There are many ingredients to growing a successful company in an age of transformation: passion, drive, identifying and providing value for your customers, hard work, tenacity, innovation, and talent. Although these are all vitally important, innovation and talent are particularly relevant in today’s fast-paced economy. One of the challenges facing organizations attempting to embrace new technologies is the development of an understanding of relevant approaches, costs, and benefits. Often, individuals tasked with developing and implementing a plan end up working in isolation because they do not have access to peers in other organizations that may have already walked the same path, making mistakes and learning lessons. In the same vein, companies can encounter difficulties when it comes to finding the right talent for innovation and transformation projects, a key ingredient for success.
innovation and talent are particularly relevant in today’s fast-paced economy.
Earlier this year, I participated in two panel discussions where I shared my perspective on talent, innovation, and transformation in the workplace. The first panel was at the 2nd annual AREA and DMDII Augmented Reality workshop held at UI Labs in Chicago. It was an opportunity for peers to meet, challenge each other, and discuss how augmented reality (AR) can transform their organizations. In two-days of interactive workshops and presentations, approximately 200 individuals, largely from industrial organizations, explored issues around head-worn display safety, system and data security, and strategies for enterprise transformation that could accelerate AR adoption across the enterprise. During this event, I had the pleasure to share the stage on an enterprise transformation panel with representatives from Lockheed Martin, Newport News Shipbuilding, Upskill, and Boeing to address strategies for successful digital transformation, workforce technology adoption, and maximizing the impact and value of AR in the enterprise.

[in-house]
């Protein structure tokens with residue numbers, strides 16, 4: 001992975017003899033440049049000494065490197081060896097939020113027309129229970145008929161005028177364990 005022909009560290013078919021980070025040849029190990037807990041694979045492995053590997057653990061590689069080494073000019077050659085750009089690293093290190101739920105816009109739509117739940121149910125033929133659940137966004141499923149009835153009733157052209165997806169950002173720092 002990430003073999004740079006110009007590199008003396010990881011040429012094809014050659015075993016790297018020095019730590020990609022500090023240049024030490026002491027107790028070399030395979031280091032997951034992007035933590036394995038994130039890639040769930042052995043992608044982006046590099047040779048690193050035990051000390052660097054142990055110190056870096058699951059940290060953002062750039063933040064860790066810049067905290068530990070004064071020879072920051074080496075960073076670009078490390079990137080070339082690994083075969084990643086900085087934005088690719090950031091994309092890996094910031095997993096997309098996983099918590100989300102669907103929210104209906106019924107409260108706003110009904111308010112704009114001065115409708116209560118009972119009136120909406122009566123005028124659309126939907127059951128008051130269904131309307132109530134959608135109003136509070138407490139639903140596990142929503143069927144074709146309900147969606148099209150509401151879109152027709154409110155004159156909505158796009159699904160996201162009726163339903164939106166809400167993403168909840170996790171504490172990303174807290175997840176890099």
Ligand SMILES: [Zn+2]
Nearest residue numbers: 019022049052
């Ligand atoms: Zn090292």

A second discussion was at the Research Money event “Breaking Through the Status Quo: Scaling Canada’s Innovation Game” held at the National Arts Centre in Ottawa. The two-day event brought together leaders in industry and government that are breaking new ground in innovation to share new processes, business models, and innovation strategies that create new wealth and societal benefits from knowledge. Among those who attended, I joined senior executives from Polytechnics Canada, First Nations Technology Council, Turner Fleischer Architects Inc., and Technology Access Centre for Aerospace & Manufacturing in a panel discussion to discuss agility and growth in industry and the skills needed to create sustainable and scalable organizations.
The two events were filled with insights and new perspectives on how innovation and talent can be combined to shape the future of work and drive organizational transformation. When asked for recommendations to drive successful digital transformation and growth, I suggest thinking big and maintaining focus on the broader objective with incremental steps that are simple, relevant, and engage end-users:
- Ensure that initial digital transformation initiatives are simple but valuable to demonstrate impact and obtain feedback;
- Choose use cases that resonate with key stakeholders, that address real issues, and that are referenceable in attempts to expand any pilot or transition to other departments; and,
- Ensure that end-users are directly engaged in the process to gain acceptance, valuable insights, and ensure that applications are designed for ‘real-world’ working conditions.
In addition, to build an innovative and resilient workforce, it is critical to continuously feed the talent pipeline. Engage youth early through academic and industry collaborations to help foster talent. This will both be a vital component for organizations to grow and help youth prepare for real-world environments.
(Editor’s Note: The author is past-President and current Treasurer and Board Member of The AREA; contextere is proud to be a sponsor member of The AREA: www.thearea.org)